A diet consisting almost entirely of Pringles, french fries and white bread is to blame for one teenage boy going blind and partially deaf, according to a recently released medical study.
Since he was about 14 years old, the British boy ate mostly french fries from his local fish and chips shop, Pringles chips and occasionally a slice of processed ham with white bread. He didn’t take any supplements to balance out his diet, and didn’t really touch fruits and vegetables.
During doctor’s visits, he complained about being tired, which is a common symptom of a diet lacking in key nutrients. His medical professionals did notice that he was lacking in vitamins including B12, but chalked it up to being a fussy eater, and sent him away with some vitamin injections and instructions to eat a healthier diet.
But when he returned at age 17, it was for blindness and partial deafness. At first, doctors weren’t sure what caused it, but after more research they diagnosed him with nutritional optic neuropathy. It happens when the nerves that help make your eyes work are damaged by not getting enough nutrients. It generally develops slowly, and typically only reaches blindness if the nutritional deficiencies continue over years.
It’s a condition that’s not uncommon in the developing world, where factors like poverty, war and famine can make diets can meager and low in nutrients. But in the developing world, where more people have access to fresh, sanitary items like fruits and vegetables, it’s much rarer to see.
How Did it Get That Bad?
Good health can be deceiving. The patient’s doctors didn’t notice anything too out of ordinary with the British teen – he was within an average weight and height, and he didn’t report any symptoms at first, beyond fatigue.
Many people, medical professionals included, forget that some conditions don’t show outward signs. They expect sick, differently abled or malnourished people to display obvious symptoms, like sneezes, fainting, obviously disformed limbs or extreme weights. Some do! But even more people around the world have “invisible” diseases that a casual observer wouldn’t be able to spot.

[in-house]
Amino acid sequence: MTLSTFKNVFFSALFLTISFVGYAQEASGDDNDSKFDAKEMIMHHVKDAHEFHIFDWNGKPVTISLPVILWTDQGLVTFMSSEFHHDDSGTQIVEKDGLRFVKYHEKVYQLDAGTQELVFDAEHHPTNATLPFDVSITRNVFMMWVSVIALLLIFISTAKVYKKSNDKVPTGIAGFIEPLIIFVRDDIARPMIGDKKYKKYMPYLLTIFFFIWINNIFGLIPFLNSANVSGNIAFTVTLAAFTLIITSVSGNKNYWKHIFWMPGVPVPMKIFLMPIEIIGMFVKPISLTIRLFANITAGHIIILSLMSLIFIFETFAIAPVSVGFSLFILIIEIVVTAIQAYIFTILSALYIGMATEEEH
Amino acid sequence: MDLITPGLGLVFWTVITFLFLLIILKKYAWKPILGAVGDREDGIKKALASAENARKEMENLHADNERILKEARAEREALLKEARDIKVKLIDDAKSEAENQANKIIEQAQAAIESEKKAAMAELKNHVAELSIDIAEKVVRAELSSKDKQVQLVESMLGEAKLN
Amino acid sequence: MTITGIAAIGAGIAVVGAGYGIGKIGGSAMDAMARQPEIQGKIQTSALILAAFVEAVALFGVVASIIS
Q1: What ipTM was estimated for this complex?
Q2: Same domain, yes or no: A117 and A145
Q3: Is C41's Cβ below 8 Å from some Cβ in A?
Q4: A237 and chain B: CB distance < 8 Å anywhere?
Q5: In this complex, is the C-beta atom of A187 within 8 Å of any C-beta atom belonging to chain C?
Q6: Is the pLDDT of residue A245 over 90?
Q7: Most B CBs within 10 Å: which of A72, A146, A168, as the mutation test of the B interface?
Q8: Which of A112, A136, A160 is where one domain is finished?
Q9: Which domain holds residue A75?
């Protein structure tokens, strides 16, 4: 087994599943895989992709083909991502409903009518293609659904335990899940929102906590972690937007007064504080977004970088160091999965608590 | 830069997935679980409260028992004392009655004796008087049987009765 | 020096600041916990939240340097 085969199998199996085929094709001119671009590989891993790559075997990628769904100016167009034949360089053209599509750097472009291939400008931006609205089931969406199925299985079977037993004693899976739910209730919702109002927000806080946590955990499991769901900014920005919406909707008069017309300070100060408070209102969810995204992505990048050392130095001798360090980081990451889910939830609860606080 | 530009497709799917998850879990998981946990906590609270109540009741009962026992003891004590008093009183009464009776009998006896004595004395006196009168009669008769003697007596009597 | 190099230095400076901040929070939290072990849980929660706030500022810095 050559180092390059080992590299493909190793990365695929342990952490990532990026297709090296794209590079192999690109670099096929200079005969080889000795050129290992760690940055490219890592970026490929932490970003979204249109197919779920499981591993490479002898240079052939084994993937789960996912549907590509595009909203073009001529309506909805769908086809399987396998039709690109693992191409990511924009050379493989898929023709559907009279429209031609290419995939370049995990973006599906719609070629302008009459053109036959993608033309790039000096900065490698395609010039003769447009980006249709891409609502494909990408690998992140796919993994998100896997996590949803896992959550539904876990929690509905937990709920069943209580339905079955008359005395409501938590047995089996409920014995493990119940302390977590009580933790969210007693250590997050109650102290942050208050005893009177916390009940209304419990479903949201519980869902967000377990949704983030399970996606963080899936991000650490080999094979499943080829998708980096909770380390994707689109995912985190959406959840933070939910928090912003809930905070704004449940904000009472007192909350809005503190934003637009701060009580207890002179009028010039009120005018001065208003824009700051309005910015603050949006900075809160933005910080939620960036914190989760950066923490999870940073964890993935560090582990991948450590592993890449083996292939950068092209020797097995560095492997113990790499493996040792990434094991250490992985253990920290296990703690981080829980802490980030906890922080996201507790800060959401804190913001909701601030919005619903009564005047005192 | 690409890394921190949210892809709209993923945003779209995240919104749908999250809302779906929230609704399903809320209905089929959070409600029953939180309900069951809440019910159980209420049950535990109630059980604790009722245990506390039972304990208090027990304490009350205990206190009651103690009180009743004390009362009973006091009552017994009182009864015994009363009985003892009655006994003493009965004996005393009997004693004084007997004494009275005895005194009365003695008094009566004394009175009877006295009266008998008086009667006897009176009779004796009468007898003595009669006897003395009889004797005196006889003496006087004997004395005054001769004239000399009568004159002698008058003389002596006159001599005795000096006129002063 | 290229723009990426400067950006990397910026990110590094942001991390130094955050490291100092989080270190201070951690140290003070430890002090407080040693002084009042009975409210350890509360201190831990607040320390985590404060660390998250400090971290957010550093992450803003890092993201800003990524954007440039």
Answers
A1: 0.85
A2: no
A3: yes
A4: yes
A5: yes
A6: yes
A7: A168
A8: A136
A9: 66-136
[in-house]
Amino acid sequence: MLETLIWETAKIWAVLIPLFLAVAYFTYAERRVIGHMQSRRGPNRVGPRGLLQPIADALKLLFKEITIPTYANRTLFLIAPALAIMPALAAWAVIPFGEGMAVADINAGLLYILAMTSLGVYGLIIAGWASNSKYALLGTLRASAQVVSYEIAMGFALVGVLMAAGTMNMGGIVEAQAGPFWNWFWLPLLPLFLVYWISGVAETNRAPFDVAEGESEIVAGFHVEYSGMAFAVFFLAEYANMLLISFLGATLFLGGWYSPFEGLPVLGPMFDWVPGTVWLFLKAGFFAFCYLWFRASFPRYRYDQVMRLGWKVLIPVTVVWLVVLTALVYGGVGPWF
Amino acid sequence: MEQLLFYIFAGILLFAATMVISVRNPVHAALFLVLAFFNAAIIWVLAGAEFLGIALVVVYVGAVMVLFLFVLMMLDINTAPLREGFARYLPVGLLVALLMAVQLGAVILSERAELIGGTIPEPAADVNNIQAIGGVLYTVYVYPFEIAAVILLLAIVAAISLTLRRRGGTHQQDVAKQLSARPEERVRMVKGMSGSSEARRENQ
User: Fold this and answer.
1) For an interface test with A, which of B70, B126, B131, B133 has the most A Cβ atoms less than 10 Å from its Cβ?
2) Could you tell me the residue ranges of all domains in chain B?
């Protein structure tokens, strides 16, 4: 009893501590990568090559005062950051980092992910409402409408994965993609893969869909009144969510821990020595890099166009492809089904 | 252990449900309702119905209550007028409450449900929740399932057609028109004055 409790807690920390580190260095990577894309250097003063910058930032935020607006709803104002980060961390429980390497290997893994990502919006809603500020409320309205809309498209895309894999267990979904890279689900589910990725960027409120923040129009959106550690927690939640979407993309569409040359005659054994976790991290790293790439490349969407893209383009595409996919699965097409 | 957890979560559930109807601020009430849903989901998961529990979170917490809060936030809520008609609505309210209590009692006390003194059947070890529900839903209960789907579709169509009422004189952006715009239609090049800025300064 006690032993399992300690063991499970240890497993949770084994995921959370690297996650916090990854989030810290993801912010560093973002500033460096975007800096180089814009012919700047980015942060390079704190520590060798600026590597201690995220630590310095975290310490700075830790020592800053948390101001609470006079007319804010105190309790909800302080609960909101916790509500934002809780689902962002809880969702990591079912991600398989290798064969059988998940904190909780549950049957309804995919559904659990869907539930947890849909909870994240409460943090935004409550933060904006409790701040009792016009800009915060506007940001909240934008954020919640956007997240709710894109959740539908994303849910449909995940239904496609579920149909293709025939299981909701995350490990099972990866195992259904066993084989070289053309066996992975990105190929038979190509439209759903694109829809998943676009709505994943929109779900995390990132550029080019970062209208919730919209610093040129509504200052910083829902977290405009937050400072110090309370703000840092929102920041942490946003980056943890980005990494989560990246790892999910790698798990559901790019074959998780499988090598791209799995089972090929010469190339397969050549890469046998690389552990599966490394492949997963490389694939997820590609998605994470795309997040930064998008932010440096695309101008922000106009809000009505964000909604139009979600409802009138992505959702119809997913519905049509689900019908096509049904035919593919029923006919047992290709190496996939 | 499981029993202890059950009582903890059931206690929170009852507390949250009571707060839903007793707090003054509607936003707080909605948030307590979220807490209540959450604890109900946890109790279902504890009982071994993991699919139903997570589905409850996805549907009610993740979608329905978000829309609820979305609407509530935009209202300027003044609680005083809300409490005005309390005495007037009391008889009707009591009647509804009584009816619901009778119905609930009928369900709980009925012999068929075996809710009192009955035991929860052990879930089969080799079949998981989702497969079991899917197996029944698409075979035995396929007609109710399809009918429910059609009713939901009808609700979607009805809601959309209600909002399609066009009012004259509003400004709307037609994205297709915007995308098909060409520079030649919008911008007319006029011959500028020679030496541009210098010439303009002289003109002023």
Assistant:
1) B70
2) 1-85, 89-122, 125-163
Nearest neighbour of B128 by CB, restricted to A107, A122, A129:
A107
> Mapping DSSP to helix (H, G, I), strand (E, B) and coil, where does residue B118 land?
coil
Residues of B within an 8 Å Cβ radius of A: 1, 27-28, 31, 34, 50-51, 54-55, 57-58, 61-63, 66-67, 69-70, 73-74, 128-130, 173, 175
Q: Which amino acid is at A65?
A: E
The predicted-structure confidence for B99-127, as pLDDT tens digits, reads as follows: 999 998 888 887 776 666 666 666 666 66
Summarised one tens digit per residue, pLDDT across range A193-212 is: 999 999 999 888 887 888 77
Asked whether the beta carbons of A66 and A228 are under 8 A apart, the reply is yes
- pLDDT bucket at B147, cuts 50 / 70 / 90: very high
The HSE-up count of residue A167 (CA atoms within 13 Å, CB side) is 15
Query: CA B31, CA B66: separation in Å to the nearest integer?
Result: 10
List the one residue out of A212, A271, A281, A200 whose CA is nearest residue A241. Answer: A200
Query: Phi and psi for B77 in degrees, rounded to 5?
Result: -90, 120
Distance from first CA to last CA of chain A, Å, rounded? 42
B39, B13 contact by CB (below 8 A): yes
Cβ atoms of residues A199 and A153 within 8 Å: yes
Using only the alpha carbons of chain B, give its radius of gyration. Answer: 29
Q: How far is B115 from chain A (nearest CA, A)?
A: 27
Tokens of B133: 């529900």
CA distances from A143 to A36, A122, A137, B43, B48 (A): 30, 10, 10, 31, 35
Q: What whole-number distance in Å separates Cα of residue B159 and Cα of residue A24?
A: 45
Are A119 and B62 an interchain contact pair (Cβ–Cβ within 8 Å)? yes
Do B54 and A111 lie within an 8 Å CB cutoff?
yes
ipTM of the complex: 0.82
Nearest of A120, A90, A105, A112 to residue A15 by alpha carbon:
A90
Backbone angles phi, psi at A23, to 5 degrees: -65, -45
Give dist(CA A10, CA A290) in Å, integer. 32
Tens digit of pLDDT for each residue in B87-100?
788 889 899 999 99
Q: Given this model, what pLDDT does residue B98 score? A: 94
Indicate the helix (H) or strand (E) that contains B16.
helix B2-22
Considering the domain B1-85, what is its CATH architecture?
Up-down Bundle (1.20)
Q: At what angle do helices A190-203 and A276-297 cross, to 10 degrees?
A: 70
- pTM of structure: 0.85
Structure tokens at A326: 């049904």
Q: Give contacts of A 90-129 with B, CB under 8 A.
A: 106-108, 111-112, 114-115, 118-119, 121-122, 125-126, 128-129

The study should serve as a reminder both to get a second (or third! or fourth!) opinion from a medical professional if you’re sure there’s something going on that they’re not seeing, as well as to be compassionate to people around you who may be going through something without you ever knowing.
Seriously, Eat Your Vegetables
Though seemingly extreme, the teen in this medical study is a harrowing reminder of why a balanced diet is important, especially as bodies are growing and developing. It can get annoying to hear parents and teachers constantly talk about “eating the rainbow,” but they’re doing it for a reason – not getting enough vitamins can permanently change your life.
The young boy who went blind told doctors that he didn’t like the textures and feels of many foods. That’s a common problem, and if it’s one that you have, talk to your doctor about taking supplements or vitamins to help make sure you’re getting the nutrients you need. And if textures aren’t a big deal to you, try out a bunch of different vegetables, proteins, carbs and fruits to find the ones that work best for you to have a balanced diet.
About the Author
Rachelle Dragani is a freelance writer based in Brooklyn with extensive experience covering the latest innovation and development in the world of science. Her pieces on topics including DNA sequencing, tissue engineering and stem cell advances have been featured in publications including BioTechniques: the International Journal of Life Science Methods, Popular Mechanics, Futurism and Gizmodo.